• $\begingroup$ Related: Number of diastereomer pairs of 1,3-dichloro-1,2,3-triphenylpropane $\endgroup$ – Loong Jul 27 '17 at 15:36
7
$\begingroup$

It is easier to compare molecules is you rotate them all into a comparable position. Say 1 with the central C-3 hydroxyl group out of the plane of the screen/page like in 1, 4, 5 and 7.

So when we rotate a molecule by 180 degrees along a vertical axis in the plane of the paper, something going into the plane of the page on one end off the molecule rotates to become something coming out of the plane of the page on the other end of the molecule. Also central group flips from into to out of the page and vice-versa.

Hence we can tell that actually pairs (1,2), (3,4), (5,8) and (6,7) are the same molecule, just rotated by 180 degrees.

The absolute positions of the three centres doesn't matter, only the relative orientation of the end two to the central site.

$\endgroup$
  • $\begingroup$ Also, adding to ans of @user213305, molecule number (5,7) and (6,8) are enantiomeric. Hope it helps $\endgroup$ – user206007 May 26 at 10:25
4
$\begingroup$

It seems to me that your question is motivated by considering the central C atom as having two identical substituents. However, the fact that the two substituents have their own R or S makes them not identical, at least not always (only conformational differences do not reflect to the optical ones).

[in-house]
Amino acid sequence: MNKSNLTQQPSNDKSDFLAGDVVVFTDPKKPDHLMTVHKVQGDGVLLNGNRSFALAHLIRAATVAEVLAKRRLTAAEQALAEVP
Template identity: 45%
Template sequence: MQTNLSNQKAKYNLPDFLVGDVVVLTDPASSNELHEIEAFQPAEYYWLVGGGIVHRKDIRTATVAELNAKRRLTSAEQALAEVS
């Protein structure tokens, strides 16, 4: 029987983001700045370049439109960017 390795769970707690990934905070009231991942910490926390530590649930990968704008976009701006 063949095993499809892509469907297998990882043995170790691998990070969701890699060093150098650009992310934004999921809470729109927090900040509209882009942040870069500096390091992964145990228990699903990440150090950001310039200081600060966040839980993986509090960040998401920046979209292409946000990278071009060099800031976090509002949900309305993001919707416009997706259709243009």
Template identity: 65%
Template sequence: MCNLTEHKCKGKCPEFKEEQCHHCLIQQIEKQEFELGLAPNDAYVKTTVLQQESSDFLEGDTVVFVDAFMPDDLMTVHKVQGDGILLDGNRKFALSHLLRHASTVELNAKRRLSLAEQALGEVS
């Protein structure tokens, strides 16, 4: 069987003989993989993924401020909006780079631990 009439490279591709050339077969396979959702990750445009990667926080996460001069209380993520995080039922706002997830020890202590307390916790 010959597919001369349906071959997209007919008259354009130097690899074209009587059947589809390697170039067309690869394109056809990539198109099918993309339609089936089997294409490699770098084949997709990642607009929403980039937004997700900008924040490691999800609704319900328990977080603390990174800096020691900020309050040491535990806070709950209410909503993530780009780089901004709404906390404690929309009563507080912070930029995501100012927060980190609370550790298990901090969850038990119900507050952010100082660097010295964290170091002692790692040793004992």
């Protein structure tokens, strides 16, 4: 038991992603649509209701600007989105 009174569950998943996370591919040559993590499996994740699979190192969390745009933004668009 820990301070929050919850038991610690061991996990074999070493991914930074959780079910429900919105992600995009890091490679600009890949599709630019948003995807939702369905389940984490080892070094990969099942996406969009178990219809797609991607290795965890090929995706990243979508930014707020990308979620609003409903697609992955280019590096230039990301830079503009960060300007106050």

When the two sides of the molecule are not in the same configuration, it easy to see that the central atom is a stereocenter, too.

From here you proceed with max number of enantiomers = 2^n and so on, in which the previous answer might help you in how to identify symmetry elements - if you do not see them at a glance.

In this situation, the carbon is referred to as a pseudoasymmetric centre.

$\endgroup$
3
$\begingroup$

Stereoisomerism comes by the atoms making up the isomers, joined in the same order, but still manage to have a different spatial arrangement.